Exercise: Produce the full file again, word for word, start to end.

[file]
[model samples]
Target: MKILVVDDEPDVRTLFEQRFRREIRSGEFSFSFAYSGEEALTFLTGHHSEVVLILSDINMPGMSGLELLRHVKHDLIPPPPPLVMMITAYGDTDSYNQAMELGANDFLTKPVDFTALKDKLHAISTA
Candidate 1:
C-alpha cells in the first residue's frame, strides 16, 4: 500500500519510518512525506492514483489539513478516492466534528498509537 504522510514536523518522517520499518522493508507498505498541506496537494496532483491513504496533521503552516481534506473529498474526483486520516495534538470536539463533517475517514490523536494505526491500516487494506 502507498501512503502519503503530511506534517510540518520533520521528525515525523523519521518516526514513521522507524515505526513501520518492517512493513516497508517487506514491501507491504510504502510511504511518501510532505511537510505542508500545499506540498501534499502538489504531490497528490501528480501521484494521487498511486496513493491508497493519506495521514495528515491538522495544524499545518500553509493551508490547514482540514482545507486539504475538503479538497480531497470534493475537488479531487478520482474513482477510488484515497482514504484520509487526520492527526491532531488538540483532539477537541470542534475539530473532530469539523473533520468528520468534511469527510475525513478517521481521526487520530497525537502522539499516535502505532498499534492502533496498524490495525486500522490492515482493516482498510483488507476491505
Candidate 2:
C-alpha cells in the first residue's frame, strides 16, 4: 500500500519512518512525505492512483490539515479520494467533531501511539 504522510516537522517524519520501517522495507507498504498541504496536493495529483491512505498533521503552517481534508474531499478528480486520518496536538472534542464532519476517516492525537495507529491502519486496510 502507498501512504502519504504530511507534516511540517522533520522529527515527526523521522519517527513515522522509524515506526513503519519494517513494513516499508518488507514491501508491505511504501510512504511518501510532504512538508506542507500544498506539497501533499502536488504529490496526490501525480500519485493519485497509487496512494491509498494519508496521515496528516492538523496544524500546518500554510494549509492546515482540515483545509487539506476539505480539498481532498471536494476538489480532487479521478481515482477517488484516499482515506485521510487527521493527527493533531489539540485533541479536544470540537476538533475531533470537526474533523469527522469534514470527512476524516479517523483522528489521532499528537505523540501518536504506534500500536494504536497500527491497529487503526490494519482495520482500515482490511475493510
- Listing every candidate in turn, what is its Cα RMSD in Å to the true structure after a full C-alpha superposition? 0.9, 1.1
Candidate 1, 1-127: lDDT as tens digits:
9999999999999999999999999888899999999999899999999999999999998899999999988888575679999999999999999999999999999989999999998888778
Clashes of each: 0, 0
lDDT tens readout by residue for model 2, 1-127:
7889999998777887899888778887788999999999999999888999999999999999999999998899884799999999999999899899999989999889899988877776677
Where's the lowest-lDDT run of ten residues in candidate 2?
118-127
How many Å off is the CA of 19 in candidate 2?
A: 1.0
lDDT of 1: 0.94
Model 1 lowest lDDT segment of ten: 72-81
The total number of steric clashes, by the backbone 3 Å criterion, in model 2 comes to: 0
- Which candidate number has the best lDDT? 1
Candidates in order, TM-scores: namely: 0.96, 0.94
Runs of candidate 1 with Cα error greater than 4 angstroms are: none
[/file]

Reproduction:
[model samples]
Target: MKILVVDDEPDVRTLFEQRFRREIRSGEFSFSFAYSGEEALTFLTGHHSEVVLILSDINMPGMSGLELLRHVKHDLIPPPPPLVMMITAYGDTDSYNQAMELGANDFLTKPVDFTALKDKLHAISTA
Candidate 1:
C-alpha cells in the first residue's frame, strides 16, 4: 500500500519510518512525506492514483489539513478516492466534528498509537 504522510514536523518522517520499518522493508507498505498541506496537494496532483491513504496533521503552516481534506473529498474526483486520516495534538470536539463533517475517514490523536494505526491500516487494506 502507498501512503502519503503530511506534517510540518520533520521528525515525523523519521518516526514513521522507524515505526513501520518492517512493513516497508517487506514491501507491504510504502510511504511518501510532505511537510505542508500545499506540498501534499502538489504531490497528490501528480501521484494521487498511486496513493491508497493519506495521514495528515491538522495544524499545518500553509493551508490547514482540514482545507486539504475538503479538497480531497470534493475537488479531487478520482474513482477510488484515497482514504484520509487526520492527526491532531488538540483532539477537541470542534475539530473532530469539523473533520468528520468534511469527510475525513478517521481521526487520530497525537502522539499516535502505532498499534492502533496498524490495525486500522490492515482493516482498510483488507476491505
Candidate 2:
C-alpha cells in the first residue's frame, strides 16, 4: 500500500519512518512525505492512483490539515479520494467533531501511539 504522510516537522517524519520501517522495507507498504498541504496536493495529483491512505498533521503552517481534508474531499478528480486520518496536538472534542464532519476517516492525537495507529491502519486496510 502507498501512504502519504504530511507534516511540517522533520522529527515527526523521522519517527513515522522509524515506526513503519519494517513494513516499508518488507514491501508491505511504501510512504511518501510532504512538508506542507500544498506539497501533499502536488504529490496526490501525480500519485493519485497509487496512494491509498494519508496521515496528516492538523496544524500546518500554510494549509492546515482540515483545509487539506476539505480539498481532498471536494476538489480532487479521478481515482477517488484516499482515506485521510487527521493527527493533531489539540485533541479536544470540537476538533475531533470537526474533523469527522469534514470527512476524516479517523483522528489521532499528537505523540501518536504506534500500536494504536497500527491497529487503526490494519482495520482500515482490511475493510
- Listing every candidate in turn, what is its Cα RMSD in Å to the true structure after a full C-alpha superposition? 0.9, 1.1
Candidate 1, 1-127: lDDT as tens digits:
9999999999999999999999999888899999999999899999999999999999998899999999988888575679999999999999999999999999999989999999998888778
Clashes of each: 0, 0
lDDT tens readout by residue for model 2, 1-127:
7889999998777887899888778887788999999999999999888999999999999999999999998899884799999999999999899899999989999889899988877776677
Where's the lowest-lDDT run of ten residues in candidate 2?
118-127
How many Å off is the CA of 19 in candidate 2?
A: 1.0
lDDT of 1: 0.94
Model 1 lowest lDDT segment of ten: 72-81
The total number of steric clashes, by the backbone 3 Å criterion, in model 2 comes to: 0
- Which candidate number has the best lDDT? 1
Candidates in order, TM-scores: namely: 0.96, 0.94
Runs of candidate 1 with Cα error greater than 4 angstroms are: none